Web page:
“We don’t really allow the backpacker here coming independent,” says the director of the National Museum of Bhutan during an interview for the film. “We get only multi-millionaires, retired professors, Hollywood, [which I take to mean “celebrities”], and those…who can afford to come.”

Keeping out the riff-raff, which is what this amounts to, may work, but raises its own set of moral issues. If only a certain number of people will be allowed to enjoy a beautiful place in order to prevent damage to it, why should it be only the rich who gain this privilege? The wealthy have no monopoly on respecting cultures or the environment; in fact, some would argue that they are more likely to feel “entitled” and act irresponsibly. Why not establish a test of cultural and environmental sensitivity to determine who gets in?

Well, because money is so much easier to weigh—and so much more fun to rake in.

Countries like Bhutan and Botswana want tourist dollars to preserve unique places, and to prop up the local economy. And that’s perfectly reasonable. But then don’t try to pretend you are on some moral high ground when you are really pandering to the world’s wealthy few.

Gringo Trails is a film for anyone who travels. It’s shocking, disturbing, and thought-provoking. In the course of my own years of being a tourist, I have seen deterioration in some of the places I’ve revisited, and I’ve known that my actions 30 years ago almost certainly contributed to that downslide. It’s a sobering realization.

Have you seen places or events that you loved go downhill as they became more popular? I’d love to read your story in a comment.

The Romantic Road Bus Part 2: Escaping the Castle

Ancient painting of Harburg area. Photo of painting (and additions) by Marian Buechert.

 

When the Romantic Road bus finally dropped us off in Harburg, we discovered that their bus stop is nowhere near the town and a looong way from the castle. We were left standing with our luggage outside a boarded-up guesthouse on the edge of a semi-rural area, with no way to get to the town or up the mountain to our castle. There were no taxis and no commercial buildings other than one small grocery store across the street. Now, this isn’t the fault of the driver, but the company should warn customers about this situation and not just strand people who probably don’t speak the local tongue and may not have a phone (we didn’t).

I walked over to the store to see if I could get any information from the staff or maybe find a phone. All the staff were very busy, so no one to talk to. I wandered back out and spotted a man climbing onto a bicycle. Aha, thinks I, obviously a local. I will attempt to extract useful info from him in my rudimentary German.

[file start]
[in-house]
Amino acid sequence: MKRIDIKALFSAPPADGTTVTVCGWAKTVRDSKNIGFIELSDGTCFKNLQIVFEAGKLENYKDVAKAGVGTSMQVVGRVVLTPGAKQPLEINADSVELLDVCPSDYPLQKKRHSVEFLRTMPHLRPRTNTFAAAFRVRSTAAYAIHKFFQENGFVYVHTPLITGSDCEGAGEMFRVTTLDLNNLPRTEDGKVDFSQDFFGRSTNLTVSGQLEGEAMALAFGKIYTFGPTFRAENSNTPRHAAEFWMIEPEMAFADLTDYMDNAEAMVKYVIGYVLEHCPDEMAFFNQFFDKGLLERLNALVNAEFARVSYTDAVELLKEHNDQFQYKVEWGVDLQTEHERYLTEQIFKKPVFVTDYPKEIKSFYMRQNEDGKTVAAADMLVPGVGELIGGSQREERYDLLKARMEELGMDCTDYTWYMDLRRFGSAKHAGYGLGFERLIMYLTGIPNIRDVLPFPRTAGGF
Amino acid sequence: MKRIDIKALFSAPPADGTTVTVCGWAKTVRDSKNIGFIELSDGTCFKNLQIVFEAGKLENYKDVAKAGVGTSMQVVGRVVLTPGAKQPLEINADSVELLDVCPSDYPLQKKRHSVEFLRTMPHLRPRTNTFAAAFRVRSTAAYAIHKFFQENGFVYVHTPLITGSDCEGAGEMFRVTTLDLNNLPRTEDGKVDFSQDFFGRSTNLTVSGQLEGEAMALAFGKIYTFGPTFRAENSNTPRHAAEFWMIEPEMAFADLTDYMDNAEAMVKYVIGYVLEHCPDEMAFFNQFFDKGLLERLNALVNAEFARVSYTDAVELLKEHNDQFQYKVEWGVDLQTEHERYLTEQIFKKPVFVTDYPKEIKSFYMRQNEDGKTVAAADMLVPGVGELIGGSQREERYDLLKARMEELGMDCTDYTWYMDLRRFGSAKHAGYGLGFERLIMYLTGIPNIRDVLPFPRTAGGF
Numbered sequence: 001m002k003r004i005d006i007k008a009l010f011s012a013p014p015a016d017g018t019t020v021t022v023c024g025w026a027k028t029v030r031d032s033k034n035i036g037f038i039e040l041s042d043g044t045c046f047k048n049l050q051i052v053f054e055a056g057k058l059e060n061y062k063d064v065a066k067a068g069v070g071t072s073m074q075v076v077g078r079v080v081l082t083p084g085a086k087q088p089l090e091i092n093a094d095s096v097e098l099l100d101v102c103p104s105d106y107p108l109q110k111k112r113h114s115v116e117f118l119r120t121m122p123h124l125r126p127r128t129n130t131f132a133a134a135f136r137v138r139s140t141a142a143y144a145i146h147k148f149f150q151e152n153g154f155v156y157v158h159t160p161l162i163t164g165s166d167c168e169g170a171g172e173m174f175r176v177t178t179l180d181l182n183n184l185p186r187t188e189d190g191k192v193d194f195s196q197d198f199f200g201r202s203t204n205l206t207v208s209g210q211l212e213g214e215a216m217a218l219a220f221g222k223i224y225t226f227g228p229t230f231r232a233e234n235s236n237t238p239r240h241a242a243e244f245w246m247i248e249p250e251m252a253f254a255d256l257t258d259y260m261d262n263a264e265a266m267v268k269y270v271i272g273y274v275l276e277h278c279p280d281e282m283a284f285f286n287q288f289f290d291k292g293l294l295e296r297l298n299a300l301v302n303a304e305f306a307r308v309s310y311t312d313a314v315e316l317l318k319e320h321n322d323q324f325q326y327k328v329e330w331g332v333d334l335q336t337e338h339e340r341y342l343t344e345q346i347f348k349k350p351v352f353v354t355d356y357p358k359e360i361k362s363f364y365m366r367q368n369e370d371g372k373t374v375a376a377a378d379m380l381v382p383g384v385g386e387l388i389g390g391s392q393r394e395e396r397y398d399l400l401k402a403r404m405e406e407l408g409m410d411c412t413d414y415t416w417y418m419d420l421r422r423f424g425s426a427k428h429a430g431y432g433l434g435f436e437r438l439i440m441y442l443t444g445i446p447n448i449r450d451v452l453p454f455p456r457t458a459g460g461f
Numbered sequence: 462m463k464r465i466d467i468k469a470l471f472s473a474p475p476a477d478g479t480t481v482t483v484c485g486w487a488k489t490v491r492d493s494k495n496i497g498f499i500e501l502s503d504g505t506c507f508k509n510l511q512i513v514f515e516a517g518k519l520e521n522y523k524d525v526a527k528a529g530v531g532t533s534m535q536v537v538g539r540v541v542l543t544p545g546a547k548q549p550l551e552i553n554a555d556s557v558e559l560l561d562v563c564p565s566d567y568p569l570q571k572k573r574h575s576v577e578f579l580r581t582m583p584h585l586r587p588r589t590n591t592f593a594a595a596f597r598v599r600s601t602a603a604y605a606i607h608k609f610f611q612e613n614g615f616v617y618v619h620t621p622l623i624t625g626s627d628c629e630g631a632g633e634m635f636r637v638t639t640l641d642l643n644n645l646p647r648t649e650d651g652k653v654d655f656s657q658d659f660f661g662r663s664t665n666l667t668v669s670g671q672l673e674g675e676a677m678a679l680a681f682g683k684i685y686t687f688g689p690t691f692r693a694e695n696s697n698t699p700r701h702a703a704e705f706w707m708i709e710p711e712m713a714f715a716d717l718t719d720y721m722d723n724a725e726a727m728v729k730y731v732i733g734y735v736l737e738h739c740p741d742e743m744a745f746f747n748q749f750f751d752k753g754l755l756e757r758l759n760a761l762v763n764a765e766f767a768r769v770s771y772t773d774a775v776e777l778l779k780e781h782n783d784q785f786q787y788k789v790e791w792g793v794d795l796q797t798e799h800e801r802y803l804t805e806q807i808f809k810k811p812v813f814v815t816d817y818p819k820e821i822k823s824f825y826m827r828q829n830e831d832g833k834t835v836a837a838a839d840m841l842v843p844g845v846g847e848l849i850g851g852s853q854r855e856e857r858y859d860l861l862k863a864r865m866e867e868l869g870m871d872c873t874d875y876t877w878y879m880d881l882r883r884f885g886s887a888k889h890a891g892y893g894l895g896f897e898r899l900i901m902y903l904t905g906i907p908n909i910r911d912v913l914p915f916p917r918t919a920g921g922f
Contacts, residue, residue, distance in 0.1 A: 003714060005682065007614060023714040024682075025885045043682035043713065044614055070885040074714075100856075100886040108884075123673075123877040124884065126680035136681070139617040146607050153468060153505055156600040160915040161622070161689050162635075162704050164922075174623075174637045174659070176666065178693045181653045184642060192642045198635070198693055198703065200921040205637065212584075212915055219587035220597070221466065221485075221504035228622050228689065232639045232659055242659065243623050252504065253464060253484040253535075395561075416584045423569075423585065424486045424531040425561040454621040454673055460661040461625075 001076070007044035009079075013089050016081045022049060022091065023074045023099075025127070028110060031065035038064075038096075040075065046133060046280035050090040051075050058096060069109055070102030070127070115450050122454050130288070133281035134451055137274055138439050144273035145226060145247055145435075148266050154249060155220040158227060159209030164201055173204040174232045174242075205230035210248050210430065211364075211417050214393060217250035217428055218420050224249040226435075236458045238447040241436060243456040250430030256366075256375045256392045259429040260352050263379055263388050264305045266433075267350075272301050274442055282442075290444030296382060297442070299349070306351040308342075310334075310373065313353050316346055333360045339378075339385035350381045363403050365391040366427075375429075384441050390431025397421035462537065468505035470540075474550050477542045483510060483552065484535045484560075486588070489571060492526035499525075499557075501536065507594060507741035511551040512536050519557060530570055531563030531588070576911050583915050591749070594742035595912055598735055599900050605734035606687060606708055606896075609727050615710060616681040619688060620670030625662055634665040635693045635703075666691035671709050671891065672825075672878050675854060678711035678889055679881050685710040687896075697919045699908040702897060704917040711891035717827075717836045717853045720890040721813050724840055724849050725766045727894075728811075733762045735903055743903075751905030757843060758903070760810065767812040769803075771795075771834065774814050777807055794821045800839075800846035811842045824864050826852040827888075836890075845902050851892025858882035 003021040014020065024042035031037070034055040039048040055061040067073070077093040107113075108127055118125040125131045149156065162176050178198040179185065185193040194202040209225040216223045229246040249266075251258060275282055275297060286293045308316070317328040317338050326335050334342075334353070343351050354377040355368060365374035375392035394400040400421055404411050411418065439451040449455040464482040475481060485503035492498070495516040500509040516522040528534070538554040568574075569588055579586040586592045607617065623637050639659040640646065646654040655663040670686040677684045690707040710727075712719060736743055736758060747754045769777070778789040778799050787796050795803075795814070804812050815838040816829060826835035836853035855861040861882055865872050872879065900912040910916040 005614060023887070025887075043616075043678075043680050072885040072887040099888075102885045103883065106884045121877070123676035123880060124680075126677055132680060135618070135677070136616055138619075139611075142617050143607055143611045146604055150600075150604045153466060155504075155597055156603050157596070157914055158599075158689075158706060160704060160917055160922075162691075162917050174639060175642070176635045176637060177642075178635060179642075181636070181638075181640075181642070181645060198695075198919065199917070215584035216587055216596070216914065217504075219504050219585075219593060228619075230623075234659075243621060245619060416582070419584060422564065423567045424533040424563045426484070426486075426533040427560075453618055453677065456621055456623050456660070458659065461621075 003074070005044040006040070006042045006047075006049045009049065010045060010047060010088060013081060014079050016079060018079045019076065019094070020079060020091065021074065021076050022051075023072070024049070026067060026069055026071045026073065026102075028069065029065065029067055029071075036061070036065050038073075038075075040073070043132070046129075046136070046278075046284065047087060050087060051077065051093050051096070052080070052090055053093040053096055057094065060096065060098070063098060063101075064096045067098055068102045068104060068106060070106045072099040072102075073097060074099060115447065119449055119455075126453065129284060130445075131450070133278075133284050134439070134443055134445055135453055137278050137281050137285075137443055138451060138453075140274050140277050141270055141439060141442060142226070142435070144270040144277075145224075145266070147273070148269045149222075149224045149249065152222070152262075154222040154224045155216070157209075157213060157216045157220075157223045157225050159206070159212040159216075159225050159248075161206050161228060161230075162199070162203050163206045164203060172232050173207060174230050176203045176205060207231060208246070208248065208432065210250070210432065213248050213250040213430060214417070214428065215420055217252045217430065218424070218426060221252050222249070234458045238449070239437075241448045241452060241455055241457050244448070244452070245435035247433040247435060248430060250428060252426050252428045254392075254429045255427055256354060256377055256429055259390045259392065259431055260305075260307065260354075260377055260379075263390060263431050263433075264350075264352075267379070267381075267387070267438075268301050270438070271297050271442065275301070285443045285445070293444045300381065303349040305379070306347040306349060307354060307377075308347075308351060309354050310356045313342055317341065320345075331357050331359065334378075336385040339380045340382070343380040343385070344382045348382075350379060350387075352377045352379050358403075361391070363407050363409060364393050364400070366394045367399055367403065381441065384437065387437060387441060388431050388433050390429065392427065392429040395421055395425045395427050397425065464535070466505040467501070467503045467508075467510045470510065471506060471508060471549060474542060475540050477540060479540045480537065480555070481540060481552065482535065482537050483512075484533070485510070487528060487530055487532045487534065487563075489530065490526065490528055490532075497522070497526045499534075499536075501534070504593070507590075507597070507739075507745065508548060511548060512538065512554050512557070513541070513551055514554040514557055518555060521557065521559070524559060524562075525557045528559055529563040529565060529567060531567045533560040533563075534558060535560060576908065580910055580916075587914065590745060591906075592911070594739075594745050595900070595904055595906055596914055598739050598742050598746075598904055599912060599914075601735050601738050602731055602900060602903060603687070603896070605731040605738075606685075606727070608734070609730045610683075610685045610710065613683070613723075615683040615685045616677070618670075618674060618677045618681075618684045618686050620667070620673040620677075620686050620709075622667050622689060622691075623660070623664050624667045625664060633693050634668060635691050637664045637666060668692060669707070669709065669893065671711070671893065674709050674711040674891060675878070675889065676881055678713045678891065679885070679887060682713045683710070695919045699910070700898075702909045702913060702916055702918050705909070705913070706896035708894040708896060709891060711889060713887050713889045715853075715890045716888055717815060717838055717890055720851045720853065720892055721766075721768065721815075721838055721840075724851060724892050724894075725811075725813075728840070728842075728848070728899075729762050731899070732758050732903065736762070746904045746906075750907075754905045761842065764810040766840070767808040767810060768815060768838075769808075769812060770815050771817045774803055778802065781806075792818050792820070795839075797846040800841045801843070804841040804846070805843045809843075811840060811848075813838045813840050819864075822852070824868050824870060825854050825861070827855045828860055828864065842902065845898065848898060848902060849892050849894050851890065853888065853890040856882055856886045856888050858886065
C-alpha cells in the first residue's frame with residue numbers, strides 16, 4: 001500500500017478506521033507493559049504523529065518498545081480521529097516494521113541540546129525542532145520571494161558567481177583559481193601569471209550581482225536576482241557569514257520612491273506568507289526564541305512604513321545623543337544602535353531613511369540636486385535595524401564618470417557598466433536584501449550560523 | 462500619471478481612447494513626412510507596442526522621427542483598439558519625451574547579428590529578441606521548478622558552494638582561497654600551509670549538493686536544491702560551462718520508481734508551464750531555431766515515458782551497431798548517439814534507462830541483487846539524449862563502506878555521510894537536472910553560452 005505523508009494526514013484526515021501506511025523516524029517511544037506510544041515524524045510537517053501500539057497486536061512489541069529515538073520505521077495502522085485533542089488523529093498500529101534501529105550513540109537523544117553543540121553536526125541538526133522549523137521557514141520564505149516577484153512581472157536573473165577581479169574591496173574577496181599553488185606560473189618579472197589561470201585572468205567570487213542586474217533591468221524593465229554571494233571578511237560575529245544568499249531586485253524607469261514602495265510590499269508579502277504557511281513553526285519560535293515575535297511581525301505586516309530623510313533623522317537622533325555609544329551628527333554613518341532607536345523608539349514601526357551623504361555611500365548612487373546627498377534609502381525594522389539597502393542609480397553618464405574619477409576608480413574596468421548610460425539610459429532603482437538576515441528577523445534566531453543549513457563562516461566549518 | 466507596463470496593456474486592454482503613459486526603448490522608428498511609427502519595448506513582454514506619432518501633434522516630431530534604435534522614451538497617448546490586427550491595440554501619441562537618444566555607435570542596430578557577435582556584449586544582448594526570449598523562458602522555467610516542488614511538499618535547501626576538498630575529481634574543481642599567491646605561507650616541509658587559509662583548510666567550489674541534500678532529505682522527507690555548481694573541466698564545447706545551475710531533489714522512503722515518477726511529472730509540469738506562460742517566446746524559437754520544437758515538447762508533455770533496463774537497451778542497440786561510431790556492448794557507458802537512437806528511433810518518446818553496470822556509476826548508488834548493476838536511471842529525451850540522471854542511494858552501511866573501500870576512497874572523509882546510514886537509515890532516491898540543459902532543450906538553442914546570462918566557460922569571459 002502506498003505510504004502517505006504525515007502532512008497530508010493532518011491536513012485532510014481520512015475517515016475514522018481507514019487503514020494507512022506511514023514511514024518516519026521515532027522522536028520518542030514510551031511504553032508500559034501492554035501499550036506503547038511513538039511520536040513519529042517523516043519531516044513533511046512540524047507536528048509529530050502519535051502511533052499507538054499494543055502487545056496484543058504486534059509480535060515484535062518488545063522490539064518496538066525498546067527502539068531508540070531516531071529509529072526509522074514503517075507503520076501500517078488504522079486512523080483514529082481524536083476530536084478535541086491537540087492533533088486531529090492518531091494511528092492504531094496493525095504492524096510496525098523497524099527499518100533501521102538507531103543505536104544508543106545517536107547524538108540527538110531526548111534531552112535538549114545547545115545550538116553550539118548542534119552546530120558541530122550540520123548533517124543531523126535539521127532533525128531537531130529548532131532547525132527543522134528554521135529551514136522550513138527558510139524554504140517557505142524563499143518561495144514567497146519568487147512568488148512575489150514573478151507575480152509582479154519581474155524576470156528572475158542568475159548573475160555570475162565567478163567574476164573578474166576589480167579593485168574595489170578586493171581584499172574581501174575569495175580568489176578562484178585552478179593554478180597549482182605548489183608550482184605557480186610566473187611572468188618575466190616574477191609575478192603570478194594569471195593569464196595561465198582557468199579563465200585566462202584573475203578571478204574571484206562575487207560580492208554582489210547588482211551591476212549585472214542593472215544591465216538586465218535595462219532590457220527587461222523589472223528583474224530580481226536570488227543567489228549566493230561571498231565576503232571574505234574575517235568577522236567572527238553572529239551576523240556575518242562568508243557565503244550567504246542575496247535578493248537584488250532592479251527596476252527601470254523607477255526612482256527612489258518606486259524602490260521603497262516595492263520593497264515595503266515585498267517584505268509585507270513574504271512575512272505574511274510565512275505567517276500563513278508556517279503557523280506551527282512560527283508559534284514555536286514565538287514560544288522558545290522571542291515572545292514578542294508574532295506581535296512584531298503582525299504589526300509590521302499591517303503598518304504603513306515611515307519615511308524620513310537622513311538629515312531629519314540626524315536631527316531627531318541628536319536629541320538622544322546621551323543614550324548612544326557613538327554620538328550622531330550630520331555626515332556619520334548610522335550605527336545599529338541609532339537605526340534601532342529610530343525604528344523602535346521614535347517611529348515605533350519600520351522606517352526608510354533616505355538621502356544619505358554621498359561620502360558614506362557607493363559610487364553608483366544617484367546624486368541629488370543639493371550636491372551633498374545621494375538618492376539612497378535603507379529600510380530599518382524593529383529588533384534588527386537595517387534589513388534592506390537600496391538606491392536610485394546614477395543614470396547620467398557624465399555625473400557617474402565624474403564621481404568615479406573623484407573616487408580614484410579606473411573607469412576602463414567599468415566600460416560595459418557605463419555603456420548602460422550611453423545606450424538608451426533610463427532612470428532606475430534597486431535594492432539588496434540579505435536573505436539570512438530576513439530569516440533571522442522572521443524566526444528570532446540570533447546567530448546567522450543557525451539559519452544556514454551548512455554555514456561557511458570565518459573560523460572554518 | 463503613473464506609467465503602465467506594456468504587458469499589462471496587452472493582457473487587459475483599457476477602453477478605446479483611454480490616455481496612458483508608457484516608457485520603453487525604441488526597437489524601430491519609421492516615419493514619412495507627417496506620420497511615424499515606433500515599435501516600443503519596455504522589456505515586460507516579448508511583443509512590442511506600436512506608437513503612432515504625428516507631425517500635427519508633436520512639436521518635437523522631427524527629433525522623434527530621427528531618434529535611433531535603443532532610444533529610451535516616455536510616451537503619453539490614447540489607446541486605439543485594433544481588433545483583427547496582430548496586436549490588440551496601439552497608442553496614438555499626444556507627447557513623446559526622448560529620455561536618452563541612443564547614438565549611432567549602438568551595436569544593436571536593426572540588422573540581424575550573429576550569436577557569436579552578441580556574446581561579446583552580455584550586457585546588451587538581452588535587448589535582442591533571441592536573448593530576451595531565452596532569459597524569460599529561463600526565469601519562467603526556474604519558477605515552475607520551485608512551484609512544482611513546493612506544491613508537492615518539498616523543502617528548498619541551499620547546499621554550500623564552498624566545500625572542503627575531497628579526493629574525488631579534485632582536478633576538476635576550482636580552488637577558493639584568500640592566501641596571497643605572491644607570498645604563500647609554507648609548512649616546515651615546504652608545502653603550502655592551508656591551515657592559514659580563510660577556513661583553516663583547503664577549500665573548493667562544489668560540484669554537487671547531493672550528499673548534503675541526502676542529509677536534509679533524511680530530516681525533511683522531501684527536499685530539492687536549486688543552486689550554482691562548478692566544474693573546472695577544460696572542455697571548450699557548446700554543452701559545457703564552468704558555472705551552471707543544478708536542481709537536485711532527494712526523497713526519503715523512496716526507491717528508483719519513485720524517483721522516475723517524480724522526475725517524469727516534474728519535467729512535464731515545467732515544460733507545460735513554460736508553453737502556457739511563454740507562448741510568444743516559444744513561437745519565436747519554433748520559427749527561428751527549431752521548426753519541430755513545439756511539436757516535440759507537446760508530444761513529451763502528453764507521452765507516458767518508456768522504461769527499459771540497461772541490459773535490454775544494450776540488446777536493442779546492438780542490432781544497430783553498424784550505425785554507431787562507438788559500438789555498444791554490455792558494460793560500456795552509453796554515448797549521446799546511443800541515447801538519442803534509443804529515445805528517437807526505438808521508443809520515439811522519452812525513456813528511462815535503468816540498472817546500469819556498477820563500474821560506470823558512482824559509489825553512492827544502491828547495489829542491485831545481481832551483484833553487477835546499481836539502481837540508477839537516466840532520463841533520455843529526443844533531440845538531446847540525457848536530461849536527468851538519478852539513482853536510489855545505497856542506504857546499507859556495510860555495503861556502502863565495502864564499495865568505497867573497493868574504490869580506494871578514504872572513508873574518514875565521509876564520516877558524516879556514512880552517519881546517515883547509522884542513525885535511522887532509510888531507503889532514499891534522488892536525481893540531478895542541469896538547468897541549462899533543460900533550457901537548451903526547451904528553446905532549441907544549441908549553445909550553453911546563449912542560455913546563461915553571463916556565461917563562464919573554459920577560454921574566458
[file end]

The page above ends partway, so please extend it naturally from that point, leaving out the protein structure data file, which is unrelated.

It was our lucky break. This kind man not only answered my questions (Yes, a looong hike up a steep path. With luggage, not possible.), but once he understood our dilemma, he immediately said he would get us a ride. He looked around the parking lot and, spotting someone he knew, asked if the guy could take us to the castle. No problem, we would just have to wait until he did his shopping and he would drop us right at the door.

And so it was, with the generosity of two gentlemen of Harburg, we finally arrived at the castle gate.

Happily ensconced in our castle turret room, we nonetheless still faced two major challenges on the morrow.

Number 1: How to get back to the lonely bus stop. If we had to walk, we would at least be going downhill, but it was still a long hike. Number 2: If we could get there, would the bus driver even stop? If he didn’t know to stop there with us on the bus shouting at him to stop, what were the chances he would merrily whiz by on the freeway without a glance at Harburg?

Once again, we were lucky enough to encounter a kind soul; in this case, the gentleman who ran the hotel (he may also have been the owner; if so, I apologize for calling him the manager). Despite being extremely busy with a large party of guests, Herr Marzahn took the trouble to phone the drivers to ensure that one of them would indeed stop in Harburg. He then drove us to the bus stop.

The rest of this part of our journey was smooth: the bus picked us up and the driver was prepared with our train tickets for the onward leg from Augsburg to Munich.

Although we enjoyed the scenic route the Romantic Road bus took through the countryside and we did, eventually, reach our destinations—which were lovely—I must warn travelers away from this company. They are still having major issues with reliability and service and don’t seem to have any concern for their customers’ safety or peace of mind. Do the Romantic Road, but do it by car.

As for us, we’ve chalked this up as another travel adventure: stressful at the time, but kind of a funny story in retrospect. I realize that it’s getting harder and harder to travel without a phone, simply because everyone is expected to have one. Ninety-nine percent of the time you can get by, but then there’s that one situation where it’s vital.

The best part of this experience, however, is that it has reminded us how wonderful people can be in reaching out to help inept travelers. Many thanks to our three white knights who rescued us from our castle plight.

“I have always depended on the kindness of strangers.”

—Blanche in A Streetcar Named Desire    

Have you escaped from a travel dilemma through the “kindness of strangers”? Tell me about it in a comment!